Before and during my exhibition ‘A Wonder World for Enid’ in the University of Leeds Clothworkers’ Hall, I am blogging about the paintings, where they came from and how they were made.
A body of work demonstrates both continuity and change. Continuities across the Enid paintings include the flower-like forms, intense colour under greys, layers and blending, a gap.
When I'm painting, the painting process is what drives me: creating texture and colour, deciding on the space between forms, suggesting light and shade or movement. I especially get involved in making the greys. My favourite grey comes from mixing indigo and burnt umber with titanium white. I love the process of mixing the paints until colour is almost lost in a black. Different colour combinations make different blacks, and some of the paintings use alizarin crimson with viridian green.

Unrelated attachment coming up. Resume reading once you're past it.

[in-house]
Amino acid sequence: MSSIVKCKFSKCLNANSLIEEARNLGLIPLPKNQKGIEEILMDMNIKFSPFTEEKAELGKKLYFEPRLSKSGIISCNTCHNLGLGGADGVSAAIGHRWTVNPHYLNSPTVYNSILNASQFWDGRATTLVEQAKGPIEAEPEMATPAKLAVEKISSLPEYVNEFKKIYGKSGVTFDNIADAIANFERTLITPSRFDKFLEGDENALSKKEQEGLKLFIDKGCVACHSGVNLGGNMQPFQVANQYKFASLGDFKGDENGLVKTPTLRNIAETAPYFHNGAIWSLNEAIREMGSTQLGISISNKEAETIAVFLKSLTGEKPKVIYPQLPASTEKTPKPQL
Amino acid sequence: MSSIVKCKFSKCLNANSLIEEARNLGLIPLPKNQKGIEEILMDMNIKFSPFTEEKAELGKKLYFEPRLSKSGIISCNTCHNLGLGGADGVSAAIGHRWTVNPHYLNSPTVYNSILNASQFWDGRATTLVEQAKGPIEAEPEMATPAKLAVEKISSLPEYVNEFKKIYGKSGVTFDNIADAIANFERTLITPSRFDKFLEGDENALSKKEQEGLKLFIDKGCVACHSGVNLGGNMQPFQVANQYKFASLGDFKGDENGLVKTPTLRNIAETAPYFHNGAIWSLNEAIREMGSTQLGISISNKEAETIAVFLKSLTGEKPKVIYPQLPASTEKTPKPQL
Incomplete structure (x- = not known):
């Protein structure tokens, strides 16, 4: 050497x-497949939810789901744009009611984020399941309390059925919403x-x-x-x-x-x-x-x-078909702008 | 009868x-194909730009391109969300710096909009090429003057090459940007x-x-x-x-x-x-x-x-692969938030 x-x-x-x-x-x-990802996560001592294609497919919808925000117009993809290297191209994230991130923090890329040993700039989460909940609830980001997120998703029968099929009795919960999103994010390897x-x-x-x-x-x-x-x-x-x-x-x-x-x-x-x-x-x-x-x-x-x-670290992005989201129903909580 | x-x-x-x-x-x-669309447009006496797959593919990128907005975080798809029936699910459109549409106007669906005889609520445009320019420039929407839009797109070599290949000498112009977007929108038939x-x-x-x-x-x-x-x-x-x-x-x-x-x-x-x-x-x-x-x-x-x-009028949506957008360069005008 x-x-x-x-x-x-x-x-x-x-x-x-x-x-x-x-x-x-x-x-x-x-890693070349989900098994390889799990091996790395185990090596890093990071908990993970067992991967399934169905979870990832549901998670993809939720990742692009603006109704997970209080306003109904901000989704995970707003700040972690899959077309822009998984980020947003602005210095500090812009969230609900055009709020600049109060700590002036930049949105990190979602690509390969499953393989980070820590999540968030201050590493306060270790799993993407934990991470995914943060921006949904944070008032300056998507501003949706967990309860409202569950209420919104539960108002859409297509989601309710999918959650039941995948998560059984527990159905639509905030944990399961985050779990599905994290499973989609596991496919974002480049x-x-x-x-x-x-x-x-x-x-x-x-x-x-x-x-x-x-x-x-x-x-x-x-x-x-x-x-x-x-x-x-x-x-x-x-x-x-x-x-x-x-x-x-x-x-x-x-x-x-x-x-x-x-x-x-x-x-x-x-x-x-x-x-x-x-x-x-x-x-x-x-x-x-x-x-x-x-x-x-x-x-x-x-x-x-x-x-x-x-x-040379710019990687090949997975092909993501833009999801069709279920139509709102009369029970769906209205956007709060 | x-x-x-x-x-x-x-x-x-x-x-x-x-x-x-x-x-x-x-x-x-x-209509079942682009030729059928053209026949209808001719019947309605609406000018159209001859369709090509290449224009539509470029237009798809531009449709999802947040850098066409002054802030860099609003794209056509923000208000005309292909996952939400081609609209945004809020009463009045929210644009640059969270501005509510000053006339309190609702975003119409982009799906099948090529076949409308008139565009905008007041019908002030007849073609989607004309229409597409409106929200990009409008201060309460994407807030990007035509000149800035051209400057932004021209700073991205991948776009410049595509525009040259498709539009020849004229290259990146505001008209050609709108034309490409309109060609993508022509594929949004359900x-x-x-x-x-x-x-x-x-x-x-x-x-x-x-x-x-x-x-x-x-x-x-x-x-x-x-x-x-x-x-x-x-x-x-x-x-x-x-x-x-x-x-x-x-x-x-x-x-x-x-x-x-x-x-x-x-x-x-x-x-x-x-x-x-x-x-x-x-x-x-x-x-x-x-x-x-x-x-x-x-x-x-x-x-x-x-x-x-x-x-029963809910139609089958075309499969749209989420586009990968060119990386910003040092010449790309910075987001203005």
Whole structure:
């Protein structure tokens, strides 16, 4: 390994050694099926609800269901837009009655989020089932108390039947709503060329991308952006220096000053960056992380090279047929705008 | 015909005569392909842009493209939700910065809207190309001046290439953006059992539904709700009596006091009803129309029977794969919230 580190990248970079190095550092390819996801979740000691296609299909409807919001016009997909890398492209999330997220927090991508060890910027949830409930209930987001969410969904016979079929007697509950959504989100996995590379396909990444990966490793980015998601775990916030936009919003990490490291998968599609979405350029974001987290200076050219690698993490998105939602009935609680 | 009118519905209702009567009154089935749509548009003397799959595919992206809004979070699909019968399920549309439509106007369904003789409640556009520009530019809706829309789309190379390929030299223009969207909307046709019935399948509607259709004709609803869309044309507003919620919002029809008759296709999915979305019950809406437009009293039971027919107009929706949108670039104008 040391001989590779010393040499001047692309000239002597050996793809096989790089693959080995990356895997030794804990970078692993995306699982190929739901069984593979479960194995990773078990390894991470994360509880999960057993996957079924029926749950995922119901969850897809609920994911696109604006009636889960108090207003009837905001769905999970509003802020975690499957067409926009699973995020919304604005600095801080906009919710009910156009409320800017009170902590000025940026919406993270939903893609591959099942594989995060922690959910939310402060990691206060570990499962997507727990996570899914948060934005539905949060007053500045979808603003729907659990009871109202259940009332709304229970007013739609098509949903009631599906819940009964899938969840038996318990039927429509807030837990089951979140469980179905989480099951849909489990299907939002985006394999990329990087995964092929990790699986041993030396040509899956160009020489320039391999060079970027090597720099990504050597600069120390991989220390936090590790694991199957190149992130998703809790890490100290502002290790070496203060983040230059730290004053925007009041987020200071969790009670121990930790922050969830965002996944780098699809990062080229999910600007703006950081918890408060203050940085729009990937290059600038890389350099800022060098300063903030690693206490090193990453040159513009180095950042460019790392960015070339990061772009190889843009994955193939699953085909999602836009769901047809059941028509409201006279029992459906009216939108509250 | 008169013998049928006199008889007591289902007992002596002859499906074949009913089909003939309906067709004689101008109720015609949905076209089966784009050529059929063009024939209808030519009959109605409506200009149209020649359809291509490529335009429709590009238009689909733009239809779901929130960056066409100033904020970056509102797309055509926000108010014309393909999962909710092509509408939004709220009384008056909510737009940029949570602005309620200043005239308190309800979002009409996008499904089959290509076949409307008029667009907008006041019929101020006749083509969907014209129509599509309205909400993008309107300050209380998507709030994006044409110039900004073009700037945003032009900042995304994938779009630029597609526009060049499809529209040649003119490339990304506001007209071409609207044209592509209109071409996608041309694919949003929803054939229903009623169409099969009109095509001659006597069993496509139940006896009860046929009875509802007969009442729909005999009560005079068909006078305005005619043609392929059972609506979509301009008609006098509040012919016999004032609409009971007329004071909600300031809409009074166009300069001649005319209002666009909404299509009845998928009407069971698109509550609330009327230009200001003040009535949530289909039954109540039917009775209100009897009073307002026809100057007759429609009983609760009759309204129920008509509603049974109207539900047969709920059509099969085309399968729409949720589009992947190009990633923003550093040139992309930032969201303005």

I take at least three passes over the image with grey. The first one encloses interesting sections of colour. These sections are then more carefully enclosed, developing their own shape and integrity. A second pass considers the whole and removes several sections one by one, each time considering the effect on the whole. The third pass requires most courage. It's the "kill your darlings" phase when any sections that are too 'lovely' or decoratively harmonious are removed. This stage goes very slowly. I can change my mind if I do it immediately and wipe off the paint with a damp cloth. The wiping off sometimes itself creates a blurring that I like, and leave.